'Napoleon Bonaparte's sister's slippers' found in Aberdeen
A pair of slippers believed to have once belonged to Napoleon Bonaparte's sister have been uncovered in Aberdeen.
Louise Wilkie, of the University of Aberdeen's museum team, was tasked with cleaning and sorting through a collection.
Her research led her to link the owner of the slippers and the famous French military leader's sister Princess Pauline Borghese.
End Quote Louise Wilkie University of Aberdeen
It is amazing to think the slippers have been here all this time but their significance was never fully realised”
The small silk and leather slippers are now on display.
The collection in question belonged to the Banff-born medical graduate and traveller Robert Wilson.
The slippers were in a chest of clothes and were marked on the sole with 'Pauline Rome'.
Ms Wilkie said: "Robert Wilson left his collection of objects from his extensive travels to the museum in his will in 1871.
"In a list of the objects donated by Wilson is the description of 'A pair of slippers - Pauline, Rome Jan 20th 1824'.
"I began to look at other archival material held by the university and found that Wilson had a friendship with Princess Pauline Borghese, the sister of Napoleon Bonaparte."
She explained: "Letters from him to Pauline show a close friendship and in his diary he describes how she spent a lot of time with him travelling in Italy and gave him many gifts, including a ring which is also held in the museum collections.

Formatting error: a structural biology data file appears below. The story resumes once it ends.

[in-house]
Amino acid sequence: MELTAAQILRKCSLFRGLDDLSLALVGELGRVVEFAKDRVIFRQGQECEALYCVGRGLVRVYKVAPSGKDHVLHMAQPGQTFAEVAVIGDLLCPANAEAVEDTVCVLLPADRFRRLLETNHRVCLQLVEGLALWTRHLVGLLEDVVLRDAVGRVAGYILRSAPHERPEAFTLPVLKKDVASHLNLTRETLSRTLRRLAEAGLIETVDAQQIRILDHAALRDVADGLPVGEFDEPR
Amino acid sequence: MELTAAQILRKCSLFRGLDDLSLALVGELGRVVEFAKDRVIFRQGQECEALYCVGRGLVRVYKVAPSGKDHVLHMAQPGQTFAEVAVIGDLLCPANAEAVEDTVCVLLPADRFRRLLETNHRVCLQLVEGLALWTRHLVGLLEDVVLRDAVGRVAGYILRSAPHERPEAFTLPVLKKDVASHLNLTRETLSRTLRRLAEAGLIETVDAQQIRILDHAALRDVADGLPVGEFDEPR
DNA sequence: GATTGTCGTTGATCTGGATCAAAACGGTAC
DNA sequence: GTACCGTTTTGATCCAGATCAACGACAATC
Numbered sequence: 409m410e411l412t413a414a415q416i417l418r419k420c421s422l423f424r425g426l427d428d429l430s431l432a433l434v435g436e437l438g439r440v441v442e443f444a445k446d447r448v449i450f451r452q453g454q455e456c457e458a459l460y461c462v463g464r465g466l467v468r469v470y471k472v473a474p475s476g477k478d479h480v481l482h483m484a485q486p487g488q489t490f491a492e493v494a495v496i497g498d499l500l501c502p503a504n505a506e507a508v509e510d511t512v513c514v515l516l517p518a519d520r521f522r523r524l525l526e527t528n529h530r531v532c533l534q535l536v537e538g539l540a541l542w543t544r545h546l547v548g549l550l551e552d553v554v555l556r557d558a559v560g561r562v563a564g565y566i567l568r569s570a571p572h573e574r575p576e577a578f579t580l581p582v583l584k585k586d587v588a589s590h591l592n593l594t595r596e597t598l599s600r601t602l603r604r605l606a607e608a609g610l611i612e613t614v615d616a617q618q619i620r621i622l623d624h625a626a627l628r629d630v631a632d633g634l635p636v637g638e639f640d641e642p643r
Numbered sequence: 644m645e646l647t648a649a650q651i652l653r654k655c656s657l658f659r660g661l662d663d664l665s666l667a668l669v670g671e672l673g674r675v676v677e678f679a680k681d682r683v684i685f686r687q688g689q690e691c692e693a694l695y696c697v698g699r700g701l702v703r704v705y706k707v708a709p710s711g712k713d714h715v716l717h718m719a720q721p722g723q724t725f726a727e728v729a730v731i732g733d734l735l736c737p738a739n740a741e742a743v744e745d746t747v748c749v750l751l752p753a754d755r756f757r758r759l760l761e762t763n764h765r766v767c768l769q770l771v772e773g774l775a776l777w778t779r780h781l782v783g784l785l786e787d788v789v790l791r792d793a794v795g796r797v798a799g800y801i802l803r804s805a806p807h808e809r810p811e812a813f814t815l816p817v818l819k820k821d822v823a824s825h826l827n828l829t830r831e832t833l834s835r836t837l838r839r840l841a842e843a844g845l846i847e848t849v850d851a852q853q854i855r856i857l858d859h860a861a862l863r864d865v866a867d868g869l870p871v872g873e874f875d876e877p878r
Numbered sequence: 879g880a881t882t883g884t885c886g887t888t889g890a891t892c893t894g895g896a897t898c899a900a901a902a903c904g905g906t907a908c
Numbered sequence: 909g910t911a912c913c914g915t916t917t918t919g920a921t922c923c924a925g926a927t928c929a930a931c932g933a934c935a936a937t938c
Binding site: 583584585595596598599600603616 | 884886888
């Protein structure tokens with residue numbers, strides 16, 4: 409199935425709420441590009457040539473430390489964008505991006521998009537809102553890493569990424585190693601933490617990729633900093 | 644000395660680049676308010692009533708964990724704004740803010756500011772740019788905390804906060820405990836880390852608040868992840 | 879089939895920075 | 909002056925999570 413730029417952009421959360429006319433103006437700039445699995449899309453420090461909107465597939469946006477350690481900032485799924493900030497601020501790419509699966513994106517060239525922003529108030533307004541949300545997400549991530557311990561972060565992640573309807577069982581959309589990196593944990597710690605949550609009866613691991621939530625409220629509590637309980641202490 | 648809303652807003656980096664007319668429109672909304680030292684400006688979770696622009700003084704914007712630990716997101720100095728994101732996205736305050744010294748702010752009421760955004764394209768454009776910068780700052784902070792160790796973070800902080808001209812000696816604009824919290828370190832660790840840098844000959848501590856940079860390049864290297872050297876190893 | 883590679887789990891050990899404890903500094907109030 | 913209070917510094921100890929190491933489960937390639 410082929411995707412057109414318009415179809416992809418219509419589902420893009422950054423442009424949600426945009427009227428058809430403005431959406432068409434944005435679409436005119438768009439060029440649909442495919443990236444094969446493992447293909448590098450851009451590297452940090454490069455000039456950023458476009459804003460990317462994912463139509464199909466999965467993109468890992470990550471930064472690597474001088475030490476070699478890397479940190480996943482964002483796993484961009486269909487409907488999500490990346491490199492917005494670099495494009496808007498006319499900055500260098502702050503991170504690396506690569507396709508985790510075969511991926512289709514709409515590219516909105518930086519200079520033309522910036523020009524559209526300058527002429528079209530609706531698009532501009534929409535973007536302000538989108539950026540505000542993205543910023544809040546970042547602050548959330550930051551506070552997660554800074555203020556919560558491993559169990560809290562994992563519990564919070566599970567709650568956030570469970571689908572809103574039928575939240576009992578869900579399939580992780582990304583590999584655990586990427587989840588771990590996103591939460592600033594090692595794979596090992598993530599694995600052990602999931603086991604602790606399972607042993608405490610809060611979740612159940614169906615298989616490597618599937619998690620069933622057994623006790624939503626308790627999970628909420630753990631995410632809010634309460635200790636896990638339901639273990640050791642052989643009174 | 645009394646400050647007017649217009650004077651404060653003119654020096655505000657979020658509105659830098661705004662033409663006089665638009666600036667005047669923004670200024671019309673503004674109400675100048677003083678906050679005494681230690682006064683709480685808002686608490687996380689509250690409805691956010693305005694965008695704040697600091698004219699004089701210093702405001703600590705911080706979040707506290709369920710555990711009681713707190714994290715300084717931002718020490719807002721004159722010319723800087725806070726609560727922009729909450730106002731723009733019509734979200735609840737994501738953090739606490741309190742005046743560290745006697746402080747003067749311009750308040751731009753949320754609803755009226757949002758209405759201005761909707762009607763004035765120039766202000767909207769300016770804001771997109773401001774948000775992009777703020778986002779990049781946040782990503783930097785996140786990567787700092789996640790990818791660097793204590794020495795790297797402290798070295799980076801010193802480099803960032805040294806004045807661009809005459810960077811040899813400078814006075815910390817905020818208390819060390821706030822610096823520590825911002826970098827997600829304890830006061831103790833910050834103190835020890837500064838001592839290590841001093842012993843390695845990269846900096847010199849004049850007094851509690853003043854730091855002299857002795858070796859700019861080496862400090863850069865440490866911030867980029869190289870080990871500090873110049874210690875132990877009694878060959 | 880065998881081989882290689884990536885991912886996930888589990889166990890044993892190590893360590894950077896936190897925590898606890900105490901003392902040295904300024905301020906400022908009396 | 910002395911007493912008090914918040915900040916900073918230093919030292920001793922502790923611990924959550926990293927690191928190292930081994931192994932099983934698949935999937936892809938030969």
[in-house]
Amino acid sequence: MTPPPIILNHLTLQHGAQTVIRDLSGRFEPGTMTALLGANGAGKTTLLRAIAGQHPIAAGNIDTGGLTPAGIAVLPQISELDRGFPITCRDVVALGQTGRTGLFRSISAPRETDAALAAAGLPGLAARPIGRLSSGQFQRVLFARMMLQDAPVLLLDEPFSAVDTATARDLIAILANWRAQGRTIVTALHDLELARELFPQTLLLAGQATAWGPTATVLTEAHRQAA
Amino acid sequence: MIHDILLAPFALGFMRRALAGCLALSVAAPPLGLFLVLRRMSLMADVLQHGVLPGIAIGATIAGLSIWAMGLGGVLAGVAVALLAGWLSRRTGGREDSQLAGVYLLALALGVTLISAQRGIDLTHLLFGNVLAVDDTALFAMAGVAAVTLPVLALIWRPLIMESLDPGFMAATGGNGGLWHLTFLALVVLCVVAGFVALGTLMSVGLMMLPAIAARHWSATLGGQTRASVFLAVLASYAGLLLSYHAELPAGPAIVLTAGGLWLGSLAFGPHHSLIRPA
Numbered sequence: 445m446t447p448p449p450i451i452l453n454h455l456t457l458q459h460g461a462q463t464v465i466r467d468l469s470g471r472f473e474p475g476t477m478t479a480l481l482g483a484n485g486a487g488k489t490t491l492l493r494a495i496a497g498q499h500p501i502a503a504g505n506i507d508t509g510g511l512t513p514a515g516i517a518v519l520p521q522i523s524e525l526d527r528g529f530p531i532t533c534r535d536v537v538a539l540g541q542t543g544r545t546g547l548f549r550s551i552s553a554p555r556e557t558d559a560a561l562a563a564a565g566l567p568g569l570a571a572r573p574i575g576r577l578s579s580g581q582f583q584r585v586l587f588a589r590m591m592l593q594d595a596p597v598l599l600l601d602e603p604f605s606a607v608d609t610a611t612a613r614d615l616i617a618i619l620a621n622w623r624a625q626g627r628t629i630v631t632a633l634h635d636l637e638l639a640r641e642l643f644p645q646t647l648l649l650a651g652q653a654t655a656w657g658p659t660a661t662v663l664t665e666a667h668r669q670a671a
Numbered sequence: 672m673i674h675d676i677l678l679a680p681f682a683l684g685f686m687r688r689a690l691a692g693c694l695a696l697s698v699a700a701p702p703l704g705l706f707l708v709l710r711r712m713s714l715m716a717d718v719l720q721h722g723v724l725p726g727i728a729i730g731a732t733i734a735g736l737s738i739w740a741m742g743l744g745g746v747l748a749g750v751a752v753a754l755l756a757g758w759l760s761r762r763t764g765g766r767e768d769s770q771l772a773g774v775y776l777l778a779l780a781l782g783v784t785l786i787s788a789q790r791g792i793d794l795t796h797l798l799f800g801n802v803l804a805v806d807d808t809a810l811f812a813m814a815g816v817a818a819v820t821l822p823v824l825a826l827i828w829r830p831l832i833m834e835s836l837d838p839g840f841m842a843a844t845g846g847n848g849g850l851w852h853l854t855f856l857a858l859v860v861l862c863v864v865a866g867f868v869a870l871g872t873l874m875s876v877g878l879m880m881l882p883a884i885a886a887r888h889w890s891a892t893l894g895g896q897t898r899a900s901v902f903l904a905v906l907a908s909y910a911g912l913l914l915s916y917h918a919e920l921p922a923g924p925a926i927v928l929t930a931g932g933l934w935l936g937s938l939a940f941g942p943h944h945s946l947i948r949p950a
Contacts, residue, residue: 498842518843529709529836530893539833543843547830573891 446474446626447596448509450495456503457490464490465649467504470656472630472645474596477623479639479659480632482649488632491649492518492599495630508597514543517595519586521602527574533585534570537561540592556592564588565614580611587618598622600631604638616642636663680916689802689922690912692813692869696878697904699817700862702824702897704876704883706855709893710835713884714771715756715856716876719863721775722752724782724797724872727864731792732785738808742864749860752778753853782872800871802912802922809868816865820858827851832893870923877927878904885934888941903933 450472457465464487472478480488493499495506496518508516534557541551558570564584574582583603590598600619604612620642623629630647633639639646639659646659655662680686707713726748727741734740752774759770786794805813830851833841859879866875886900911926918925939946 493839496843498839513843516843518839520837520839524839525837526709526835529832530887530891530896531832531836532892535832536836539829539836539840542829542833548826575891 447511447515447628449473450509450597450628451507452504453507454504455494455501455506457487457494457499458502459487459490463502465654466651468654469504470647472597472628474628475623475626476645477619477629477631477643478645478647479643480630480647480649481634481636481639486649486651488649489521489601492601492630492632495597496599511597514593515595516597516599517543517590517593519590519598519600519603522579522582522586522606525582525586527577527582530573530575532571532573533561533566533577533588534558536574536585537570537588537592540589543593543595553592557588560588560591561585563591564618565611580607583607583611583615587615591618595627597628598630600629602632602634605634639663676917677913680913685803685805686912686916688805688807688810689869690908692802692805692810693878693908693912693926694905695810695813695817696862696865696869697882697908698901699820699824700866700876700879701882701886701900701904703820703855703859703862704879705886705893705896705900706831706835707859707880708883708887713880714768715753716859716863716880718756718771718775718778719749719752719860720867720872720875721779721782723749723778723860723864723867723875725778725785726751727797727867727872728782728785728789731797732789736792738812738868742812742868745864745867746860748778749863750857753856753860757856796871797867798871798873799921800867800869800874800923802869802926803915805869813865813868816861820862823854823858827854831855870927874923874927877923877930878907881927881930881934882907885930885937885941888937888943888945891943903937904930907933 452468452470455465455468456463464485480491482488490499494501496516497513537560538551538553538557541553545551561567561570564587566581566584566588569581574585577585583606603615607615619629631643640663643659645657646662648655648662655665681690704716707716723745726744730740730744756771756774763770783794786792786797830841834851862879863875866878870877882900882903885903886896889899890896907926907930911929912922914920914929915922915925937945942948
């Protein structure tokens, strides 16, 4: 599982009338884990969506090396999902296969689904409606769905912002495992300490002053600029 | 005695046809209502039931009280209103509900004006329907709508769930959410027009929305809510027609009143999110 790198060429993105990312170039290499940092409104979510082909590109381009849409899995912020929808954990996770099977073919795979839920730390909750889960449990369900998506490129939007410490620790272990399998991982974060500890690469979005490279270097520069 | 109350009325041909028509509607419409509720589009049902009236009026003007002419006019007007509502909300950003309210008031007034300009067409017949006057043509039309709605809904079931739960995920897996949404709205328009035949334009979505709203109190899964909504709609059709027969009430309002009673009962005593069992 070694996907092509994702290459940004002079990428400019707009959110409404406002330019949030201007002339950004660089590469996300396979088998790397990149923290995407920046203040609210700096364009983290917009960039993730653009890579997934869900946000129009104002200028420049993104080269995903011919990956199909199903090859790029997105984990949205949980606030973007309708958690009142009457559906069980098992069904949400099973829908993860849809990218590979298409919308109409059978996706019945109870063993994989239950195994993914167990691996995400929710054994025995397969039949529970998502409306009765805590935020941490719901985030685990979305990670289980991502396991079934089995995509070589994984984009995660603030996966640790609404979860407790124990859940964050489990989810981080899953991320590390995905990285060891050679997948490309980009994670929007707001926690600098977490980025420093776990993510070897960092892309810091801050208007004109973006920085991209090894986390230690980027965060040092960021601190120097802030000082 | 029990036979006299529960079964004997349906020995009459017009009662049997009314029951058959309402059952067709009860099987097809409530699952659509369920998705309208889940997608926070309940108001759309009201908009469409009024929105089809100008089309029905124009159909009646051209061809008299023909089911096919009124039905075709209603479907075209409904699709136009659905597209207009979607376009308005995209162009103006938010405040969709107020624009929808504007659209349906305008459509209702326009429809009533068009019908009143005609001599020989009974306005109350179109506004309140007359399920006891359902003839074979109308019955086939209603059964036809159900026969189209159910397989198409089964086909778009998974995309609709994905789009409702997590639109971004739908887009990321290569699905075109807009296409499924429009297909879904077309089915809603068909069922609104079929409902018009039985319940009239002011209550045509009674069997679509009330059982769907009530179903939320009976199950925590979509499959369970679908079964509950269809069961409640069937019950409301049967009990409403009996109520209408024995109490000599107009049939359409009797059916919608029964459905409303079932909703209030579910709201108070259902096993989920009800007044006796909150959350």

"The relationship between Wilson and Princess Pauline can only be speculated upon, however records do indicate some form of attraction and attachment.
"He kept the gifts she had given him for life and then they passed to the University collections.
"It is amazing to think the slippers have been here all this time but their significance was never fully realised. I was delighted to make a discovery of this kind."'Great detective work'
Neil Curtis, head of museums at the University of Aberdeen, said: "The university holds huge collections and many of the items given to us over the years do not have full descriptions.
"It was a great piece of detective work from Louise to piece together the fascinating history behind the slippers.
"We are delighted that these significant objects are now on display and can be enjoyed by the public for the first time."